More recently, I continue to offer a myriad of programs and services that appeal to people of all income levels to not exclude anyone. My programs range from entry-level books and e-books to high-end premium programs and masterminds. It is important to me to offer services that meet different people’s needs.

None of us are able to achieve success without some help along the way. Is there a particular person who you are grateful towards who helped get you to where you are? Can you share a story?


There was a time when I spent several years after college trying to find myself. I can count on both hands the number of failed careers I had. Nothing seemed to be a fit. After my last lay-off, I was inspired to start my entrepreneurial path and started teaching classes out of my garage in Berkeley. At the time, I didn’t know what I was doing I just knew I wanted to help other women speak up and gender discrimination in the workplace.

A few months into leading classes, I received a phone call from the local Chief of Police. I thought they were contacting me because my classes were creating a disturbance in the neighborhood and that they would ask me to shut down my business. Instead, they were calling me to say that they heard about the great work I was doing in the community and wanted to partner with me. That partnership lasted many years, and my company received multiple awards from the police, mayoral offices, and the city. I am forever grateful for Chief McQuiston and his team at the Albany Police Department.

Ok thank you for all that. Now let’s shift to the main focus of this interview. We would like to explore and flesh out the experience of Impostor Syndrome. How would you define Impostor Syndrome? What do people with Imposter Syndrome feel?

Impostor Syndrome is the belief that despite all of your accomplishments and achievements in life that you are not worthy of your accolades and that someone somewhere will discover you as a fraud. This is not necessarily true, but many people, up to 82% experience this impostor-like feeling.

Many people who consider themselves perfectionists, high-achievers, or anyone can experience these feelings of doubt and question their self-worth– and it feels awful. You may notice you start to shy away from compliments, positive feedback, or new opportunities as you believe you are not worthy of them. Then when you feel stagnant because you don’t have any new successes, it reinforces to you your feelings of unworthiness, and the cycle of self-sabotage continues.

What are the downsides of Impostor Syndrome? How can it limit people?

The self-limiting beliefs that occur from doubting your success or down-playing your achievements may prevent you from moving forward in your career, going after a promotion, or feeling deserving of the success you already have. The result is you constantly live in a state of fear that you are not good enough and that others will discover you as a fraud.

Some people exhibit signs of impostor syndrome by becoming a people pleaser or constantly fearing being fired even though they have positive reviews. You may notice you are overworking or overpreparing for projects because you believe ‘it is never good enough’ or worse, that you are not good enough.

Other traps you may feel stuck in are constantly comparing yourself to others or thinking everyone has more success than you. These feelings can prevent you from moving forward or achieving success.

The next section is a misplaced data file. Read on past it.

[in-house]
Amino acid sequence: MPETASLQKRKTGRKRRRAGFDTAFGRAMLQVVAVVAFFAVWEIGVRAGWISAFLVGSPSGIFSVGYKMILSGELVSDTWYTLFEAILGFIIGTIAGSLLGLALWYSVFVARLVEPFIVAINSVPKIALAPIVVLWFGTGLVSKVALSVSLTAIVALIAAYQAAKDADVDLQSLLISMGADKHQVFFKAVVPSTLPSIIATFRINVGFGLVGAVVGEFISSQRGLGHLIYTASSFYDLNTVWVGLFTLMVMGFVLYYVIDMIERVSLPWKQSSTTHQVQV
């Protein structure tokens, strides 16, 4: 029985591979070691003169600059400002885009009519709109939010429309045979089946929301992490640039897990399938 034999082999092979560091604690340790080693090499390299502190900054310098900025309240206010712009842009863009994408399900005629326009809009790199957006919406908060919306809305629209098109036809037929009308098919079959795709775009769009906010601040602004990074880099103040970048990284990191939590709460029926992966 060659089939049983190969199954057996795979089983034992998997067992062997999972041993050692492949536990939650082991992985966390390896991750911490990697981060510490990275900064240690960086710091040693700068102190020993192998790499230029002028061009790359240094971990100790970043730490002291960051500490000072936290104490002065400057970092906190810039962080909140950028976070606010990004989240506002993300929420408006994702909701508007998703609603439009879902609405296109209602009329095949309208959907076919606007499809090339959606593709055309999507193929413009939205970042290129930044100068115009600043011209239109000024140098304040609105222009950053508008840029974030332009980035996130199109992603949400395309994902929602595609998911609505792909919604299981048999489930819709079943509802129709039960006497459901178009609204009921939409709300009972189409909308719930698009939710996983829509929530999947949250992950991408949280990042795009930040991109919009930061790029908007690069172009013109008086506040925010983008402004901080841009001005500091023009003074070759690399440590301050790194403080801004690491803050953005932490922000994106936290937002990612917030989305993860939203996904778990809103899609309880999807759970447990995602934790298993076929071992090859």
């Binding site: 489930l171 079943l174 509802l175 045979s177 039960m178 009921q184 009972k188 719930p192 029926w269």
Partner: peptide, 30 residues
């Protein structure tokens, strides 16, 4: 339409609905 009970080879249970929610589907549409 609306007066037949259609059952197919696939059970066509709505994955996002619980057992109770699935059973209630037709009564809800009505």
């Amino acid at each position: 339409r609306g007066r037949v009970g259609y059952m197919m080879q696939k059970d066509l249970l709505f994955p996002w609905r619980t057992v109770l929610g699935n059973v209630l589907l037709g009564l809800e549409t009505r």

How can the experience of Impostor Syndrome impact how one treats others?

When you live in a state of comparison or doubting yourself, you inhibit your interpersonal relationship and growth. Constantly being reliant on other’s ideas or opinions of you– instead of seeing them as independent beings eventually strip away and diminish the strength of your ideas, thoughts, and beliefs. You lose your sense of self-worth even more. Suddenly everyone around you feels like a threat to you and you live in a state of fear, competition, or paranoia– rather than feeling safe, content, and self-assured with who you are or what you have accomplished.

We would love to hear your story about your experience with Impostor Syndrome. Would you be able to share that with us?

A few years ago, when I first decided to break into speaking I immediately felt feelings of inadequacy and self-doubt. When I was a very new speaker, I remember being in Las Vegas at a huge convention. I was scheduled to speak a day after several seasoned speakers performed before me. They were dynamic, told hilarious stories, had incomparable energy, and amazing stage presence and charisma. I felt dejected, incomplete, and not good enough to be in their company. My initial reaction was ‘I’m not cut out for this, I can’t do it’. My feelings of impostor syndrome were so overwhelming that I went back to my hotel room and cried. I tried to rewrite my presentation at the last minute to match their style and energy but in doing so, I was losing my sense of self. Then a friend reminded me that I was comparing myself to other people’s end game. That wasn’t their first speech. I didn’t see all the failures or years of practice they put in– I could do this, I just needed to start.

Impostor Syndrome has a pesky way of trying to keep us stuck in fear and prevent us from moving forward to our fullest potential– but our growth and ability to move through that fear is necessary to evolve and become the greatest version of ourselves.

Did you ever shake the feeling off? If yes, what have you done to mitigate it or eliminate it?